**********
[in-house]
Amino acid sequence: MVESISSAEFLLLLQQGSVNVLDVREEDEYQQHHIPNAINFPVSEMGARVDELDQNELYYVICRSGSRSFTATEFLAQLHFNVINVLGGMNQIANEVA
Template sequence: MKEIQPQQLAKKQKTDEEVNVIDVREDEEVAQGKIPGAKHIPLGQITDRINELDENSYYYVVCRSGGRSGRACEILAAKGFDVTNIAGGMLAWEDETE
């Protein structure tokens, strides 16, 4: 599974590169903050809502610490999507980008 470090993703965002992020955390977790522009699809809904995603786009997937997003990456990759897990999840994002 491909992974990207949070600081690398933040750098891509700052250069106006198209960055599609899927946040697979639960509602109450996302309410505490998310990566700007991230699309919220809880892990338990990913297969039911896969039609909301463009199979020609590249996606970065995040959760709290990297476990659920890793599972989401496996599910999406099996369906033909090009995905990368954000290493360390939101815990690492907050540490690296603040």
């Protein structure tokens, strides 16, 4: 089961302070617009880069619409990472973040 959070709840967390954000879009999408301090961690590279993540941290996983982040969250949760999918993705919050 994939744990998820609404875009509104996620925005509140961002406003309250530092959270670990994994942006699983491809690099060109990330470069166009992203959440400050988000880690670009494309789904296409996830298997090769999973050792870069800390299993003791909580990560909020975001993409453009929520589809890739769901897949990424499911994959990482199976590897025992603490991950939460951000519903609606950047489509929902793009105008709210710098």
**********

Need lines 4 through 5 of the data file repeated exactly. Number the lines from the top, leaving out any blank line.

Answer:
């Protein structure tokens, strides 16, 4: 599974590169903050809502610490999507980008 470090993703965002992020955390977790522009699809809904995603786009997937997003990456990759897990999840994002 491909992974990207949070600081690398933040750098891509700052250069106006198209960055599609899927946040697979639960509602109450996302309410505490998310990566700007991230699309919220809880892990338990990913297969039911896969039609909301463009199979020609590249996606970065995040959760709290990297476990659920890793599972989401496996599910999406099996369906033909090009995905990368954000290493360390939101815990690492907050540490690296603040």
């Protein structure tokens, strides 16, 4: 089961302070617009880069619409990472973040 959070709840967390954000879009999408301090961690590279993540941290996983982040969250949760999918993705919050 994939744990998820609404875009509104996620925005509140961002406003309250530092959270670990994994942006699983491809690099060109990330470069166009992203959440400050988000880690670009494309789904296409996830298997090769999973050792870069800390299993003791909580990560909020975001993409453009929520589809890739769901897949990424499911994959990482199976590897025992603490991950939460951000519903609606950047489509929902793009105008709210710098």